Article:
As Cortland County continues to overhaul its emergency communication system, all police and emergency vehicles will be equipped with a new computer to help them on the road.
Senator James Seward's Office secured a $250,000 grant from the state to upgrade the outdated mobile computers in vehicles to be compatible with the new system.
The computer essentially serves as another person, as the county cannot afford to have two people riding in the police vehicles.
Officers rely on it to communicate with dispatchers, issue tickets, file accident reports, and more.
"Any warnings you have, or pertinent information, the quickest route to a call," Lieutenant David Guerrera of the Corland Police Department lists off the many functions the new mobile data units will serve. "You can also see whoever else is responding (to the call), when an officer may be in danger. You can see where that emergency is on the computer through the mapping system, where the problem is."
"The officers out there in the field will now have the ability to keep close touch with their central office and also have all of the information available at their fingertips to adequately respond to emergency situations," Senator Seward explains.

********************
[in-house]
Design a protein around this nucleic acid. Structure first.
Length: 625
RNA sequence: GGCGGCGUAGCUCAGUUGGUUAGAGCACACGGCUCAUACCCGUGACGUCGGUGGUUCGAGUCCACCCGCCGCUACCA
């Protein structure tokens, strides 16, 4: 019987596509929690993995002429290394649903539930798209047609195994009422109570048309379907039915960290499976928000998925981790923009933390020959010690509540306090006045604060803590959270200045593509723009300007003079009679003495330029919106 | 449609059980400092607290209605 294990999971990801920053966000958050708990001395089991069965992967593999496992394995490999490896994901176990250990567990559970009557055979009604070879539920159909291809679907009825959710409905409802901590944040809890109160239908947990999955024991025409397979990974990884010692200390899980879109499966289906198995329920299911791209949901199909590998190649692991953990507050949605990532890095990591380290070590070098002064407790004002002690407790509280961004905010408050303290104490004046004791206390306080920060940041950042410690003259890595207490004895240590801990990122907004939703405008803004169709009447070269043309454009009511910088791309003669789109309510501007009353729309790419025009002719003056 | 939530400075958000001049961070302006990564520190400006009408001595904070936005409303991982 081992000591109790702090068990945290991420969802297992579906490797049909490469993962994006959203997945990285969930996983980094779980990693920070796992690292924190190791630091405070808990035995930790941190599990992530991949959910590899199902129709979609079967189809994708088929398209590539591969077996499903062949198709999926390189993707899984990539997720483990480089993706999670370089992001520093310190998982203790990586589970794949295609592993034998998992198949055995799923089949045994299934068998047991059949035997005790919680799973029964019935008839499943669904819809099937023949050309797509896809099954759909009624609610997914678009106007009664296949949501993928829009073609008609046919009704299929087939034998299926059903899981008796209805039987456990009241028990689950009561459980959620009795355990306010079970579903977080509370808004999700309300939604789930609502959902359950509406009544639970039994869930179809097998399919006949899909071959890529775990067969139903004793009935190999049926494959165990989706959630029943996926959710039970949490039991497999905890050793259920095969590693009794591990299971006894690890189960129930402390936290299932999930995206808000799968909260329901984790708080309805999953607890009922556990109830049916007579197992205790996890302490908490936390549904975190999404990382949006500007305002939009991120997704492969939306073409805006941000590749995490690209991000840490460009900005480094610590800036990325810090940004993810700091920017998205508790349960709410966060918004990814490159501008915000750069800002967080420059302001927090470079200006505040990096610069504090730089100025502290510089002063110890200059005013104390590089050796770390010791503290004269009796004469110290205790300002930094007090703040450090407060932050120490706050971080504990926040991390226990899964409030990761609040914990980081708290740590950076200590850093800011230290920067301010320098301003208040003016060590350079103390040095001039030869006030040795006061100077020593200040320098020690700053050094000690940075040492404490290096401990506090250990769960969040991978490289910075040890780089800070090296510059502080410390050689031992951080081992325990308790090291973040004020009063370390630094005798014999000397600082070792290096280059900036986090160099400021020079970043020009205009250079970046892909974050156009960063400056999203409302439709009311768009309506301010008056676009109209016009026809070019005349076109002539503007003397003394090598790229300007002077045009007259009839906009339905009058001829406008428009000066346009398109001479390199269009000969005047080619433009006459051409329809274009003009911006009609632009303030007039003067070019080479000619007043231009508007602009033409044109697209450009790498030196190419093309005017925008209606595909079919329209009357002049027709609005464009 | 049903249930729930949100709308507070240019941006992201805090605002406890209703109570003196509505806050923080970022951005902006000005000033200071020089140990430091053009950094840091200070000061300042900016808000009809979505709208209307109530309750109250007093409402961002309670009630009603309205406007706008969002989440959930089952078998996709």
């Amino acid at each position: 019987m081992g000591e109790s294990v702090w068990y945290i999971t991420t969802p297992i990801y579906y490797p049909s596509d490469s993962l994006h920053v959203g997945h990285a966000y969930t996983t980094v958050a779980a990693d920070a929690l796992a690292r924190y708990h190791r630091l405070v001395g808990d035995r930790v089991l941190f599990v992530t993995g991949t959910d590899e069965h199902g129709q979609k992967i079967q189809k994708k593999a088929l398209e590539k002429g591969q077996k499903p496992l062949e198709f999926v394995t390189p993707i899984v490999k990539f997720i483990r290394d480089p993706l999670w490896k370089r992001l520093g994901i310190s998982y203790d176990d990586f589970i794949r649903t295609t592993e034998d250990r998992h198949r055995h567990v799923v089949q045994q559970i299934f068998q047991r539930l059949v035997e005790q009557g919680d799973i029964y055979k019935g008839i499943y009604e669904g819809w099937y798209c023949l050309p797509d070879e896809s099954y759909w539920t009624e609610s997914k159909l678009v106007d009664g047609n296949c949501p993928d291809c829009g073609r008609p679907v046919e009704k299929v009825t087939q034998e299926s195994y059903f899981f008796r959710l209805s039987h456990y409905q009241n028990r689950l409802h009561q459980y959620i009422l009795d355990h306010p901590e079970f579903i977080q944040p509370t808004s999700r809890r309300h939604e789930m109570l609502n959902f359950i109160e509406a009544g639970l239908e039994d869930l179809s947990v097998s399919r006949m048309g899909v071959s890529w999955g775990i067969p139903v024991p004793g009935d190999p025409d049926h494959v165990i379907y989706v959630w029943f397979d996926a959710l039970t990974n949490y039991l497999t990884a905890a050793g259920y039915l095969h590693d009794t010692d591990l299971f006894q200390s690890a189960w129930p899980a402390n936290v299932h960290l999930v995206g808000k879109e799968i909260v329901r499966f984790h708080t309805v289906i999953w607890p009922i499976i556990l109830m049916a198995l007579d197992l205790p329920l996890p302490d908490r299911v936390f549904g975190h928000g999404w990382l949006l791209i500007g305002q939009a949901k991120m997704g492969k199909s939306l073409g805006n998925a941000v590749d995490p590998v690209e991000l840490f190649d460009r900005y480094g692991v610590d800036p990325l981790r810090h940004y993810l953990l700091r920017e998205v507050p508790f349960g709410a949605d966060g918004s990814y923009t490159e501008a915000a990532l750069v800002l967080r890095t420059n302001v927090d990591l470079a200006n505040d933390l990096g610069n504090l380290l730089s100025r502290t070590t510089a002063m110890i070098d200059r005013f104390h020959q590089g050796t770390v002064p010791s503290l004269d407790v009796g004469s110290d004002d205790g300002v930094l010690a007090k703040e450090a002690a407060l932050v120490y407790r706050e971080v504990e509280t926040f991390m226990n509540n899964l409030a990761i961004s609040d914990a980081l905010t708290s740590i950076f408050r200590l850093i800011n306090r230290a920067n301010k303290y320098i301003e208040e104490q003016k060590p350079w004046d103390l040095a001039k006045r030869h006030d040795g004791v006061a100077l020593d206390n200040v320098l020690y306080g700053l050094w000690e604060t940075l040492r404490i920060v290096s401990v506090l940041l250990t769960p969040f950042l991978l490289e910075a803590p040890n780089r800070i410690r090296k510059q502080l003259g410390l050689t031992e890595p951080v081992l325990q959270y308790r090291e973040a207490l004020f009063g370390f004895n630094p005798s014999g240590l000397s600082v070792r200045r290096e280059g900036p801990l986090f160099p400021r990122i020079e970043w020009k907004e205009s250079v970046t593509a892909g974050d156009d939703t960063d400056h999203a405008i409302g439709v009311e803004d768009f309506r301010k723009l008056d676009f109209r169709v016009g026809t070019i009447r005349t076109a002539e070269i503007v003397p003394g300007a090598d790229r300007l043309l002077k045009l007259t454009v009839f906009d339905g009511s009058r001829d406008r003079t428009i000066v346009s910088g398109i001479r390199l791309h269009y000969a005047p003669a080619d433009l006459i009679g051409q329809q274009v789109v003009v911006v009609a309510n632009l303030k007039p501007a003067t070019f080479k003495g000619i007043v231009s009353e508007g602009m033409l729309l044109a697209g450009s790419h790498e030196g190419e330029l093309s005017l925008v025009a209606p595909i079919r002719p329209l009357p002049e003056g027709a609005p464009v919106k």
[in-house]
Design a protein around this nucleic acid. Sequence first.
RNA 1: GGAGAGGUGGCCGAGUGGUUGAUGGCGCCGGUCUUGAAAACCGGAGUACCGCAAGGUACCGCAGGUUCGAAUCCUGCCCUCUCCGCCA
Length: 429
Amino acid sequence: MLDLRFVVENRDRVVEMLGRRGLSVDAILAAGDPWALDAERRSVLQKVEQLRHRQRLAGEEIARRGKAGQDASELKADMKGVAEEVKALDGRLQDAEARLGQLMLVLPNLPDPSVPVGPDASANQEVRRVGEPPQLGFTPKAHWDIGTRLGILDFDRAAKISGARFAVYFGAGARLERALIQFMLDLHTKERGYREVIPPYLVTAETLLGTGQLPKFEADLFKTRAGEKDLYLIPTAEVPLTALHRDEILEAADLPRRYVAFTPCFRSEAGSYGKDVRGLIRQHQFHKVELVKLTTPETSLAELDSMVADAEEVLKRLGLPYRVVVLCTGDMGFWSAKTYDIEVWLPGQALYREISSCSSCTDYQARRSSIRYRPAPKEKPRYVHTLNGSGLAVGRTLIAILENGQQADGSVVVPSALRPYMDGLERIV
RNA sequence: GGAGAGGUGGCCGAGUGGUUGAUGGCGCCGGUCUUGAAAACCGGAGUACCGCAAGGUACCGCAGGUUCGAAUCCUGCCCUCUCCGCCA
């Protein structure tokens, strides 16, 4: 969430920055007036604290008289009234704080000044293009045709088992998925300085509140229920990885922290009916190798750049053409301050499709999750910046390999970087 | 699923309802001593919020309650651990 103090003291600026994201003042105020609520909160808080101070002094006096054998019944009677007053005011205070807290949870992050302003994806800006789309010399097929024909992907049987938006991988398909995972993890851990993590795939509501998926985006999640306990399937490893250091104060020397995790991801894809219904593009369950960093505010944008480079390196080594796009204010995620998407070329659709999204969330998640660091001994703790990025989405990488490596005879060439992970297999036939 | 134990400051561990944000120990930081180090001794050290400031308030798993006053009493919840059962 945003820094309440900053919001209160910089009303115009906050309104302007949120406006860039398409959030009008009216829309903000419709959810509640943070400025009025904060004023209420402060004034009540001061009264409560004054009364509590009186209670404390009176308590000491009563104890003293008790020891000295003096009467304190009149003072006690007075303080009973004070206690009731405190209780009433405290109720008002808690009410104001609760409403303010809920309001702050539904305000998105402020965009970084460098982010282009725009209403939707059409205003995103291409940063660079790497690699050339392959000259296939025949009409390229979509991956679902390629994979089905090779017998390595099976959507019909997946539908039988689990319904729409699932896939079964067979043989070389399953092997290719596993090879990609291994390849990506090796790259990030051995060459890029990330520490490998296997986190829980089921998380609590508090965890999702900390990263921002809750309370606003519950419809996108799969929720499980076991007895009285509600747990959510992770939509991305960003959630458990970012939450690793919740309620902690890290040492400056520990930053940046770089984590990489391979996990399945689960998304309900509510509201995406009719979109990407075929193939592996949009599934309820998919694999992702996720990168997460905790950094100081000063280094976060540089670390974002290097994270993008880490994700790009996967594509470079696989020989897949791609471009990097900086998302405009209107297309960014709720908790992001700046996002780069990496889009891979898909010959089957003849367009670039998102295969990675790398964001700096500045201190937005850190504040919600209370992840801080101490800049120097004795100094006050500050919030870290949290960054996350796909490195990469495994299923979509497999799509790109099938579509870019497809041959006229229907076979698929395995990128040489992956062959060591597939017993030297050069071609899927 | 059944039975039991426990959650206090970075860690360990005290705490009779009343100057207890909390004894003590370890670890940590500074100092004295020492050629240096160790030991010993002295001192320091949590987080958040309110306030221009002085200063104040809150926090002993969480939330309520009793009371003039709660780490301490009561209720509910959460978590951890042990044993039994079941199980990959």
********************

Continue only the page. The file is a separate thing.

This is the final step as Cortland County completes its $16 million emergency preparedness and communication network upgrade.
As recently as even two to three years ago, reception was not available in remote areas of the county, putting police, first responders, and neighbors at risk.
The new system allows the Cortland County officials to communicate with other offices around the state -- that have similar systems in place -- to share information. Tompkins and Jefferson Counties already are part of the network, while Seneca and Cayuga Counties are expected to join in the next few months.
"We can reach out from here, all the way to Lake Ontario and throughout the whole state," says Cortland County Legislator Kevin Whitney, who leads the Budget and Finance Committee of the Legislature. "We're now going to have a system in place with all of the computers that's going to allow us to reach out... to share information in terms of individuals they deal with. It won't just be centered in Cortland County."
Two grants totaling $10 million -- secured through the Statewide Interoperable Communications Grant (SICG) program -- helped build the county's new emergency communications network to help alleviate the burden on taxpayers.
The $250,000 for the mobile data terminals in emergency vehicles comes at no cost to taxpayers.